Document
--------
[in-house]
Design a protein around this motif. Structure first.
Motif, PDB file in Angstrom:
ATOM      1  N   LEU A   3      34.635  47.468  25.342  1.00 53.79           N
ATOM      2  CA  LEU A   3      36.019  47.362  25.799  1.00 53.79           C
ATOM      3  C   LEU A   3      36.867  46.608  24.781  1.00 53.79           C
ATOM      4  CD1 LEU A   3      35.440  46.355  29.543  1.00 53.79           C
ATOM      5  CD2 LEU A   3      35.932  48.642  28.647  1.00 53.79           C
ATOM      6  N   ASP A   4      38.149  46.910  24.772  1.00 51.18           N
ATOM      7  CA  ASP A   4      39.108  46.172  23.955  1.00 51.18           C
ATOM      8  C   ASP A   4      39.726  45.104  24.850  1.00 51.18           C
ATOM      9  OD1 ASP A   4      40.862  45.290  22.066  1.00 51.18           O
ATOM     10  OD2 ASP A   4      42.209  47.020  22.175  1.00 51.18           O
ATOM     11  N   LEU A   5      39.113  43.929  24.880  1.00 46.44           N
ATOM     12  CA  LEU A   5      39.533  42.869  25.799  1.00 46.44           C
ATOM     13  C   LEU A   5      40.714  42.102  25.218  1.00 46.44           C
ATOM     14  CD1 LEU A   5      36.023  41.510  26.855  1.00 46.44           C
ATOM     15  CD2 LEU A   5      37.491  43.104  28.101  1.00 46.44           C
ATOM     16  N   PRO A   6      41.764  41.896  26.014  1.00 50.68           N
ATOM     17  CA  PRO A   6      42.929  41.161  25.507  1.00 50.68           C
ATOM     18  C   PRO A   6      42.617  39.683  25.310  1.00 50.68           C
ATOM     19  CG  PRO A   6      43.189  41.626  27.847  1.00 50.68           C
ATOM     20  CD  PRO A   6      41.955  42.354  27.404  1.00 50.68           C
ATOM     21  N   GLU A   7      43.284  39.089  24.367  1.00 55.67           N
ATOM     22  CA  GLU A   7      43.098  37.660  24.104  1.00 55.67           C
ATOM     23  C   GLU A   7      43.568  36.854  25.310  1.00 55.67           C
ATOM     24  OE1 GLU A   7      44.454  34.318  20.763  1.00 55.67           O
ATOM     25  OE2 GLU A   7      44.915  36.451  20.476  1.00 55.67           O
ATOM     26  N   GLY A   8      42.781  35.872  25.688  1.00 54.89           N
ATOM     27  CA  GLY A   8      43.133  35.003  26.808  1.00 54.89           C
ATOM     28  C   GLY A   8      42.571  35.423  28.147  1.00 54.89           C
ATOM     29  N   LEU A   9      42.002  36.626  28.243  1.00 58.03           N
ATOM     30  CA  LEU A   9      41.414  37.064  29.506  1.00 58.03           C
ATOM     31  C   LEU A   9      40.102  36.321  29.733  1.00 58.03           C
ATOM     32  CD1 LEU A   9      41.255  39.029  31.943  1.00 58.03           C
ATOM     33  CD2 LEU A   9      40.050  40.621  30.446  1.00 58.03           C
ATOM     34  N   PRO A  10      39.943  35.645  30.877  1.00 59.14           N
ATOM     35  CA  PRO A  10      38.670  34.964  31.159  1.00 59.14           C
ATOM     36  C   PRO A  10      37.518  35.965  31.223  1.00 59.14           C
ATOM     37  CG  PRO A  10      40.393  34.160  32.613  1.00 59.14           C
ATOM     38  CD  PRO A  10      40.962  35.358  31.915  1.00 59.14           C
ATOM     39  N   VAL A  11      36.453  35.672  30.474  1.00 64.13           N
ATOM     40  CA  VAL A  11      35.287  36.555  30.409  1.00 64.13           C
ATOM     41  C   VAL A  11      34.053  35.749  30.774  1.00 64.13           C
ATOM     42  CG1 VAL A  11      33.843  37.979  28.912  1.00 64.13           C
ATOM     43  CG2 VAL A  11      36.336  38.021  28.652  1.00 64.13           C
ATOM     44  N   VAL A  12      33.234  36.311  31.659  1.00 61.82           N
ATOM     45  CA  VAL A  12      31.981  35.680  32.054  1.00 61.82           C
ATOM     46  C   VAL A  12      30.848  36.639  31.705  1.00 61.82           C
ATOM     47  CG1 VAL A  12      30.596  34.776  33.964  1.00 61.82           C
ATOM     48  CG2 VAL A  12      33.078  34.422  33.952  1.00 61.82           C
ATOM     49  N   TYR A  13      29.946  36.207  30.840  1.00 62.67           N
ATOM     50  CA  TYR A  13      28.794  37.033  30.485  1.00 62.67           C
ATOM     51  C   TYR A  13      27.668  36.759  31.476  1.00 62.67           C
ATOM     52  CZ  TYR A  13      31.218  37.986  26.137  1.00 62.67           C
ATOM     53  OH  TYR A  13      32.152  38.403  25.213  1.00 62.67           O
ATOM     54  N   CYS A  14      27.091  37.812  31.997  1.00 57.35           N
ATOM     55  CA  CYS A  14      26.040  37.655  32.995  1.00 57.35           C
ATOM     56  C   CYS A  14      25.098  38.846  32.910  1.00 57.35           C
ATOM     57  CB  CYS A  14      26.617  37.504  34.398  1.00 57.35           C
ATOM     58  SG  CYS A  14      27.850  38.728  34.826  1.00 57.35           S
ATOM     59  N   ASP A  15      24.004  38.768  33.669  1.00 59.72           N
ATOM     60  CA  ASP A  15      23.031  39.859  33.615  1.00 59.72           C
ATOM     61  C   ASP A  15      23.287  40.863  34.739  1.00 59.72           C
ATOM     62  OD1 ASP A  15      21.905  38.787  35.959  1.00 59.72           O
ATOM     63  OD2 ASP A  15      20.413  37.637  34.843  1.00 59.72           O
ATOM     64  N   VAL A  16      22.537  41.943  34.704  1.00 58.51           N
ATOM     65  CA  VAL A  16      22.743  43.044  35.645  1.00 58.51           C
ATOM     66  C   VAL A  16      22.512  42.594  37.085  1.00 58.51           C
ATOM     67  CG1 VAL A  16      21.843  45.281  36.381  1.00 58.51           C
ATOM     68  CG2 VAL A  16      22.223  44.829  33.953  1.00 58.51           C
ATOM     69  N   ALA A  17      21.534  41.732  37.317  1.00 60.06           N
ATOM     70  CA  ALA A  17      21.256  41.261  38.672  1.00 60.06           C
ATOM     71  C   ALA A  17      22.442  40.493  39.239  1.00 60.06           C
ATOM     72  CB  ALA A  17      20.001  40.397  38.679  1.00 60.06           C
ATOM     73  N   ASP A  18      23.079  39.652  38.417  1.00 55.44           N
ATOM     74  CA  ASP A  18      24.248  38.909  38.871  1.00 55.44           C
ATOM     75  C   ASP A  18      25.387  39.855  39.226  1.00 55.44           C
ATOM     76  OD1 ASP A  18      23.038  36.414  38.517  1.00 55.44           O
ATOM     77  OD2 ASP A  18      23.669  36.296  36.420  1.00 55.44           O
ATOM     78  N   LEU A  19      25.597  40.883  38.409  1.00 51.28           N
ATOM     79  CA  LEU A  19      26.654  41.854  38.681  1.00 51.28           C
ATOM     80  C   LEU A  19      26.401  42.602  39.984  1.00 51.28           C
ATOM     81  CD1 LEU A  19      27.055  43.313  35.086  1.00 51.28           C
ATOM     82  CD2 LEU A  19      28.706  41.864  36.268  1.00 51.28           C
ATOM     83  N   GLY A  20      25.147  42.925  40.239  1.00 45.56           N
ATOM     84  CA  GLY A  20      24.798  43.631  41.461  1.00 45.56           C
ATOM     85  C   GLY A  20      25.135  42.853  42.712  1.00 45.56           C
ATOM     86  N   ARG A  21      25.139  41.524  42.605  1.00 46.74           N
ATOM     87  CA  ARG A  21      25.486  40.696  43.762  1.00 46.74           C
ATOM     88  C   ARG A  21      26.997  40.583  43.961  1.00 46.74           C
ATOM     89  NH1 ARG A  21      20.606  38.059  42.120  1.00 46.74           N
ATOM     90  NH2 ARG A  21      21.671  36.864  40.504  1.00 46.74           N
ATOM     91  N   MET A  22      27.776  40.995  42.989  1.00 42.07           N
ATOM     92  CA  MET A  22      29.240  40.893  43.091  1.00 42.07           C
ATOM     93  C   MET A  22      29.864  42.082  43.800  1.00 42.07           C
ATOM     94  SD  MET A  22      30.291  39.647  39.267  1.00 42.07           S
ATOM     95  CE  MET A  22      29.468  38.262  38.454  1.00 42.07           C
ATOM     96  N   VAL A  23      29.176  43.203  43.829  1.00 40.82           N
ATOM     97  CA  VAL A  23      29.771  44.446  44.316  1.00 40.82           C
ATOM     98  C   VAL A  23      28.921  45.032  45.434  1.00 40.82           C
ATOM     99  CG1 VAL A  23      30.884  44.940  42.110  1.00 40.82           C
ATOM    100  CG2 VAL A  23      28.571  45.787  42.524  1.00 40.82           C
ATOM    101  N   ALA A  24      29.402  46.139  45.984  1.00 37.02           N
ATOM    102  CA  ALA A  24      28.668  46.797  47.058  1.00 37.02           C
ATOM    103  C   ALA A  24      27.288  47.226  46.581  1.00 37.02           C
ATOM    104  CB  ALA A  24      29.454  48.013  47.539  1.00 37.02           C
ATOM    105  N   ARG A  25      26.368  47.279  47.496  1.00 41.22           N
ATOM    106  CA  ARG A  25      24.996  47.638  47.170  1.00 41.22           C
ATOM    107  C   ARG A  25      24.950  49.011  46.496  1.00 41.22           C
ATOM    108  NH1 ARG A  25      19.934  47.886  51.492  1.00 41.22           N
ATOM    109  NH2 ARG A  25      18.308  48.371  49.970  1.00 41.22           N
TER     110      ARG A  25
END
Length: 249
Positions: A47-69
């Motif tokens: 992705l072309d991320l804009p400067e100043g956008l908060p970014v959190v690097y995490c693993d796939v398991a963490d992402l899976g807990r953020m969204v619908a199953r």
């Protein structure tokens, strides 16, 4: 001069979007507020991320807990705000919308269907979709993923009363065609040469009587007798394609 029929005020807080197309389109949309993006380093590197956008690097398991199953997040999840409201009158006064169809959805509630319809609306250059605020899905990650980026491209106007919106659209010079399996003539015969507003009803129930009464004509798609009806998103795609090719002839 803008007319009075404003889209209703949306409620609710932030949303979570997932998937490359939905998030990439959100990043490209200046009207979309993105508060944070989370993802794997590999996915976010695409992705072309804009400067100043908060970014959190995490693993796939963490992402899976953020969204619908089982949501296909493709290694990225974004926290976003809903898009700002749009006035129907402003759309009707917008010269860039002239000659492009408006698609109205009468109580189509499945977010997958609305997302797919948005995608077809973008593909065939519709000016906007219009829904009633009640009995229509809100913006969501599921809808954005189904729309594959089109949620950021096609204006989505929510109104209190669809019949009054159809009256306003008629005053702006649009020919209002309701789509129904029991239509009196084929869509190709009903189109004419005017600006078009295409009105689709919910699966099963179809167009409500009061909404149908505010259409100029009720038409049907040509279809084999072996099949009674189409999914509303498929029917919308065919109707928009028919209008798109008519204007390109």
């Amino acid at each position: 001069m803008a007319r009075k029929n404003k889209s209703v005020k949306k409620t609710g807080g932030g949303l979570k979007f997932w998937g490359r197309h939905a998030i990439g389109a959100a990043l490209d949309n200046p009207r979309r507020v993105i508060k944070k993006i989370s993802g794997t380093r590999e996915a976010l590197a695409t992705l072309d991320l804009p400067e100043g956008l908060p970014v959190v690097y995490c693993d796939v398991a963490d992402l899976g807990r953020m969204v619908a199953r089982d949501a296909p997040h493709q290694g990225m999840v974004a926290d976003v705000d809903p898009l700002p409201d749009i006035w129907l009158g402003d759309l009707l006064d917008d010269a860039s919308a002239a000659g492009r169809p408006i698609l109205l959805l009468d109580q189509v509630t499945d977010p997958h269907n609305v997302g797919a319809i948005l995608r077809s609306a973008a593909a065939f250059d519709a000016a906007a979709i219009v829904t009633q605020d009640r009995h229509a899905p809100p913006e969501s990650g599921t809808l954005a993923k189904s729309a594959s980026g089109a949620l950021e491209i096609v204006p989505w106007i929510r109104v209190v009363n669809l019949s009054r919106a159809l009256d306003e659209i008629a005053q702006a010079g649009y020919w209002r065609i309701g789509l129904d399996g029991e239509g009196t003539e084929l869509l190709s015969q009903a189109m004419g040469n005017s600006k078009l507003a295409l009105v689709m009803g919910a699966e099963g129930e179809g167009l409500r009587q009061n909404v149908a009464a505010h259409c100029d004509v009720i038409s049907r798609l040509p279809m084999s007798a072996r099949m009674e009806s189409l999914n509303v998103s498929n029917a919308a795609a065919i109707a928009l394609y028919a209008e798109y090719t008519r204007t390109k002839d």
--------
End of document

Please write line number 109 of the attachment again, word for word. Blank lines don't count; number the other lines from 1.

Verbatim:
ATOM    106  CA  ARG A  25      24.996  47.638  47.170  1.00 41.22           C